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On Tuesday afternoon, Beyoncé posted a pretty standard Beyoncé photo on Instagram. Blue Ivy wasn’t in it, nor was Jay Z, Beyoncé wasn’t performing, and there were no inspirational messages from the icon. It was just an awkward cut-off selfie of her neck with the caption “Honey Honey,” followed by a bee emoticon, a reference to the honeycomb and bee necklace she was wearing in the picture.

That picture has already garnered more than 600,000 likes. And for one D.C. woman who designs jewelry out of her Bloomingdale apartment, that could mean money.

Soon after Beyoncé posted the selfie, someone in England tagged D.C. jewelry designer Rachel Pfeffer on Instagram, informing her that Beyoncé was wearing her necklace. Pfeffer, who was appropriately incredulous about the situation, reposted a screenshot of the photo on her own Instagram feed.

Someone on Twitter asked Pfeffer how she could purchase a necklace of her own. Pfeffer’s friends started congratulating her.

But nothing is that simple in the land of Beyoncé. People in the comments of Beyoncé’s photo started inquiring where they could purchase a necklace of their own, and at least one other designer took credit for it. Pfeffer issued a cry for help in the comments section of her post: “heLp how do I know if it’s mineeweeeee.”

“Beyoncé is as glamorous as they get,” Pfeffer tells City Desk, adding that this would be a huge boost for her career.

An Instagram follower suggested she contact Beyoncé’s publicist to find out. Other’s posted in the depths of Beyoncé’s comments that they could find the necklace at Pfeffer’s store. Alison Chemla, who designs Alison Lou jewelry and also says Beyoncé is wearing her necklace, had the same idea as Pfeffer, and posted a screenshot of Beyonce’s photo on her own Instagram feed.

Chemla wrote in the comments that she is “positive” Beyoncé is wearing her necklace, though says she doesn’t sell it in her online store. (Pfeffer does sell the $84 handmade “Honeycomb Necklace with a Perched Bee” online.)

Chemla didn’t immediately respond to a request for comment.

Even if Beyoncé wasn’t wearing Pfeffer’s necklace, Pfeffer says she is sure she’s responsible for the original design and that someone ripped her off—-a somewhat common occurrence in the crafty world. She created the flattened honey comb and bee necklace six years ago in Boston, and it has since become one of the flagship pieces of her fledgling online jewelry business. She estimates she’s sold hundreds of them; she recently got an order for some from Atlanta’s ModernTribe—a self-described hip Jewish store in Atlanta that wants to sell the piece as part of its collection for Rosh Hashanah, the Jewish New Year, which is celebrated with the apples and honey.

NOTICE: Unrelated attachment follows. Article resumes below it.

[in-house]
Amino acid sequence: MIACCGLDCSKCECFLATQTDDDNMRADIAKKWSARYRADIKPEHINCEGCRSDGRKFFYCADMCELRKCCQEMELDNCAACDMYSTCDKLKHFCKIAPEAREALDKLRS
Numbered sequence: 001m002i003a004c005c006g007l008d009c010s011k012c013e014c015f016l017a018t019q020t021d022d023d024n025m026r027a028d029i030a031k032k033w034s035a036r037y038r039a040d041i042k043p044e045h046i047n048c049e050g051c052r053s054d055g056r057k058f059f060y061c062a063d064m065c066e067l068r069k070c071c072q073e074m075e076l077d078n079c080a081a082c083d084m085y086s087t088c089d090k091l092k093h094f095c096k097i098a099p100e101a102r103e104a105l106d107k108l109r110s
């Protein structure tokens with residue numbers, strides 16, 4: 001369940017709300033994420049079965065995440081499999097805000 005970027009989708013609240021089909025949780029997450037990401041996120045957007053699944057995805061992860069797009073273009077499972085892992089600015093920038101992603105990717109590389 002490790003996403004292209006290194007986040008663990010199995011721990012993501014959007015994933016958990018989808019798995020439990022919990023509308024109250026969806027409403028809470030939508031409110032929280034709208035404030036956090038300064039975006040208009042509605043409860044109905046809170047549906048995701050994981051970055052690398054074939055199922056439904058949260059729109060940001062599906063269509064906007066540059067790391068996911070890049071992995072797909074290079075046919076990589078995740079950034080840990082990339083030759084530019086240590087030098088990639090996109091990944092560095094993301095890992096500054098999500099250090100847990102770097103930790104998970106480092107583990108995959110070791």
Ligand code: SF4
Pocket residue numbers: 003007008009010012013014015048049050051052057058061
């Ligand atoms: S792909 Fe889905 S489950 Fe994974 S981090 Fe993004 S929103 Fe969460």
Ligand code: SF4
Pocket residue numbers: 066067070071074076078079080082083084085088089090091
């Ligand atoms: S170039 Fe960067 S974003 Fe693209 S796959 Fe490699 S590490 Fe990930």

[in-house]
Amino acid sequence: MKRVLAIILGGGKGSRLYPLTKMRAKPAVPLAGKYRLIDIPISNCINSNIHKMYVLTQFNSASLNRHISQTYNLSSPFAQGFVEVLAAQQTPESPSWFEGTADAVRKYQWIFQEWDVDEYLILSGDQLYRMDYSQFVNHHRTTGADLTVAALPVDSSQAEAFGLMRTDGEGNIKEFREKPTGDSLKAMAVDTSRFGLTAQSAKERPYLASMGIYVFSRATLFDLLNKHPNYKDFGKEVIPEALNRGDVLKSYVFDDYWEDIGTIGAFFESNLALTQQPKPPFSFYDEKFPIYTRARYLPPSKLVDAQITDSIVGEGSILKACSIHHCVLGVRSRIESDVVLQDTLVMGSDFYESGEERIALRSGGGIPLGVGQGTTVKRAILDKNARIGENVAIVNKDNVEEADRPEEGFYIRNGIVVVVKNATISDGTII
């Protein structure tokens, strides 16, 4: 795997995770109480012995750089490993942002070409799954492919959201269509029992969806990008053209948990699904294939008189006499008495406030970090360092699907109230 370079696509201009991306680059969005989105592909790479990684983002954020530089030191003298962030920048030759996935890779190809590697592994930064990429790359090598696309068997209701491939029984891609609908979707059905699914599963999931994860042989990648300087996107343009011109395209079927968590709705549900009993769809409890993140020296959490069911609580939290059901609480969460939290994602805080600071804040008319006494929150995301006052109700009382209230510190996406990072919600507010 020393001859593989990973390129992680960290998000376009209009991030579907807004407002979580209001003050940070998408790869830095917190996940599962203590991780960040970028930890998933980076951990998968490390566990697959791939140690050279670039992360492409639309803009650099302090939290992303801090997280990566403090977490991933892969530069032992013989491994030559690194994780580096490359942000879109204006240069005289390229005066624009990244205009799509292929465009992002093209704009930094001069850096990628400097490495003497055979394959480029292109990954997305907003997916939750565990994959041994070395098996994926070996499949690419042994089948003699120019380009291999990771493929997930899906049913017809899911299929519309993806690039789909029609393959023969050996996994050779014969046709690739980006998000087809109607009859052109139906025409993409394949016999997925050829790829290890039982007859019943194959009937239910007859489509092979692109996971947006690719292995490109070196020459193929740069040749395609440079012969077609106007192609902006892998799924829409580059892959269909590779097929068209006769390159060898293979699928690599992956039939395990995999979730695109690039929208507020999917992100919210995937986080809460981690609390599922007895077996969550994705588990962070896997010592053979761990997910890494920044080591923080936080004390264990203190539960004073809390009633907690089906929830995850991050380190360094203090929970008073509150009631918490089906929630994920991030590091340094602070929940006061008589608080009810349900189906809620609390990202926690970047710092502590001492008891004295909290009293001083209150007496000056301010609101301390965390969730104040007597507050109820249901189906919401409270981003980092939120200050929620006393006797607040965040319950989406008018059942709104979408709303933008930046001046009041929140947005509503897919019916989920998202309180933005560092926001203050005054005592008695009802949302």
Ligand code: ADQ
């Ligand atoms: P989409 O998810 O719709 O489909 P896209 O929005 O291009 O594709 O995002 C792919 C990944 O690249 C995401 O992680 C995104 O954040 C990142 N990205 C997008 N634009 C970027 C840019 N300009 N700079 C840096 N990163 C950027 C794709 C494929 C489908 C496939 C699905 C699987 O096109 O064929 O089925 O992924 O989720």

“Either Beyoncé can wear it or the Rosh Hashana crowd,” says Pfeffer.

But even Pfeffer concedes there are reasons to believe the necklace may not be a Pfeffer original. For one, Pfeffer knows Beyoncé didn’t purchase a necklace directly from her, though it is possible someone gave it to the singer. (Pfeffer also sells her work in a few brick and mortar boutiques.) Pfeffer’s necklace is sterling silver with a gold plated bee, and it’s hard to tell from Beyoncé’s photo whether the necklace she’s wearing is white gold or silver.

Either way, Pfeffer thinks she’ll likely get some extra business from this, even if people are just looking for a knock-off of Beyoncé’s necklace.

For now, Pfeffer says she has some big, one-of-a-kind rings she’d like to see on Beyoncé’s fingers.

Beyoncé hasn’t yet responded to a request for comment through her publicist. We’ll update this when she does, which we’re sure will be very soon.

Correction: Due to a reporting error, this post originally misstated the number of necklaces ModernTribe ordered from Pfeffer. It was a handful, not 54.